Original paper

Habitats of the globally threatened Aquatic Warbler (Acrocephalus paludicola) in Pomerania — site conditions, flora, and vegetation characteristics

Tanneberger, Franziska; Bellebaum, Jochen; Dylawerski, Marek; Fartmann, Thomas; Jurzyk-Nordlöw, Sylwia; Koska, Ingo; Tegetmeyer, Cosima; Wojciechowska, Magdalena


The Aquatic Warbler is the only globally threatened passerine bird species in Europe. Around 1900, it was one of the most abundant birds in European fen mires. The population severely decreased as a consequence of extensive wetland drainage. In recent years, it has been rather stable in key breeding sites but has decreased sharply in its westernmost occurrence Pomerania. Conservation of the Pomeranian birds is of key importance for conserving the intraspecific diversity of the species. Throughout 2004-2006 we studied all current breeding sites of the species in Pomerania. Two areas have been studied in more detail: Rozwarowo Marshes, the largest breeding site in Pomerania, and Lower Oder Valley National Park, the last breeding site in Germany. Data on vegetation composition and height, water level, site conditions, and land use were analysed. The sites near the coast and in small river valleys are characterised by sparse and low Phragmites australis stands with a well-developed lower sedge and herb layer. The sites in the Lower Oder Valley are more nutrient-rich and dominated by Carex acuta, Phalaris arundinacea, and other meadow grasses. In Rozwarowo Marshes, the birds inhabit sparse, short Phragmites australis and Thelypteris palustris vegetation that is maintained by winter reed cutting. In the Lower Oder Valley National Park, Aquatic Warblers shifted from Caricetum gracilis to other plant communities that continued to be mown frequently. Similar to the Lithuanian Aquatic Warbler habitats in the Nemunas Delta and in contrast to the predominantly mesotrophic habitats of the core population, the Pomeranian habitats are eutrophic and more influenced by inundation. Various rare and threatened plant communities occur here. The Aquatic Warbler can be regarded as an umbrella species for mesotrophic and slightly eutrophic peatlands for which this bird is a specialist. Conservation activities should focus on a site-specific management and the prevention of further eutrophication.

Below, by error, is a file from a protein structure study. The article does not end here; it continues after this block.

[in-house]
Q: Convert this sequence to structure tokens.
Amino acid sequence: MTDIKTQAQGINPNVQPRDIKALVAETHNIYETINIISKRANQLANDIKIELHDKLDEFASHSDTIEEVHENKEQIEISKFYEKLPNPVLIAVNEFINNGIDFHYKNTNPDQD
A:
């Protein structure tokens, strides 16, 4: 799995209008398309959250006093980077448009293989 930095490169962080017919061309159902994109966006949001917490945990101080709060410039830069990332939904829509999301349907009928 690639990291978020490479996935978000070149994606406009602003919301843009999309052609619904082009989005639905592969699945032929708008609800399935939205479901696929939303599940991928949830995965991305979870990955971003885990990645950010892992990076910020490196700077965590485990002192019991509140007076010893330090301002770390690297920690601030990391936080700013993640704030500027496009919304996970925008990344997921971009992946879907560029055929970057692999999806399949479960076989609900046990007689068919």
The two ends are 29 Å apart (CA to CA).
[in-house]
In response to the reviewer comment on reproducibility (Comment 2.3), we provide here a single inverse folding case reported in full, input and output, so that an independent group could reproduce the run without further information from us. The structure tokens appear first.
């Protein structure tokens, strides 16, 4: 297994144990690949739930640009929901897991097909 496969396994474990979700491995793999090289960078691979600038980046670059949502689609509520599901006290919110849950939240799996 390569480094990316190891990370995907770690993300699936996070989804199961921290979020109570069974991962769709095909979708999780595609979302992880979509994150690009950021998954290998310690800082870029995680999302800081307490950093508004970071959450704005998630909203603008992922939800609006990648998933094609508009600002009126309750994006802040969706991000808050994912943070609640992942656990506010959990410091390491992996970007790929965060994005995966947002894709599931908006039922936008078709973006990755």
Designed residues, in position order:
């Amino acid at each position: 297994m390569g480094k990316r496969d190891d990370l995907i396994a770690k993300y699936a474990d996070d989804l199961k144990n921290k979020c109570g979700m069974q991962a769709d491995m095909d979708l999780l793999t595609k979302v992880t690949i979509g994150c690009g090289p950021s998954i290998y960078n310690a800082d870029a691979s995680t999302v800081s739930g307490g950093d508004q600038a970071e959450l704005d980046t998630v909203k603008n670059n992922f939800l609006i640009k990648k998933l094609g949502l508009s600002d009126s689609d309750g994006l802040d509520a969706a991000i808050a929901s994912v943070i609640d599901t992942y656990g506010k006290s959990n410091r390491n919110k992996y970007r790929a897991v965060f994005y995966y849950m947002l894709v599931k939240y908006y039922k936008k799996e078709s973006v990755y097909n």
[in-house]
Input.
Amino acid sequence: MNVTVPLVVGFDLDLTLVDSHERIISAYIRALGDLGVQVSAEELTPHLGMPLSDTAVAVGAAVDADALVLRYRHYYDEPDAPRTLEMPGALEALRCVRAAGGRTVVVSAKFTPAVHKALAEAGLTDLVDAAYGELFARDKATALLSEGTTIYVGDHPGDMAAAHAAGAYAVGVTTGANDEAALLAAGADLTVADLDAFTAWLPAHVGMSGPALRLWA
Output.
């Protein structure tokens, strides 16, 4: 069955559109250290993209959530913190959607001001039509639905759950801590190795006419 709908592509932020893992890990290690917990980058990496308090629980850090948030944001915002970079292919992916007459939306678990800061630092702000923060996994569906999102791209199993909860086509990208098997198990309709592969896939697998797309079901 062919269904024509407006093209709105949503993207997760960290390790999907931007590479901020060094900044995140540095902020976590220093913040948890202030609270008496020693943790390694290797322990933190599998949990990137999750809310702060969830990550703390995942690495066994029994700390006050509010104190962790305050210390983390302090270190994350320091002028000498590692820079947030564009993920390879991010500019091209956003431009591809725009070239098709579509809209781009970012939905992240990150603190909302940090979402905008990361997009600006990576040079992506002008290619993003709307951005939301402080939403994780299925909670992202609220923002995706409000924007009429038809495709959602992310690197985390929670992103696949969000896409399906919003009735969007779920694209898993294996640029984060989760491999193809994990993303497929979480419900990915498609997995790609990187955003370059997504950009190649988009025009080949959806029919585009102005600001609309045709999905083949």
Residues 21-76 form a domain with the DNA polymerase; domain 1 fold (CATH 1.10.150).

fen miresvegetation structurenutrientshabitat management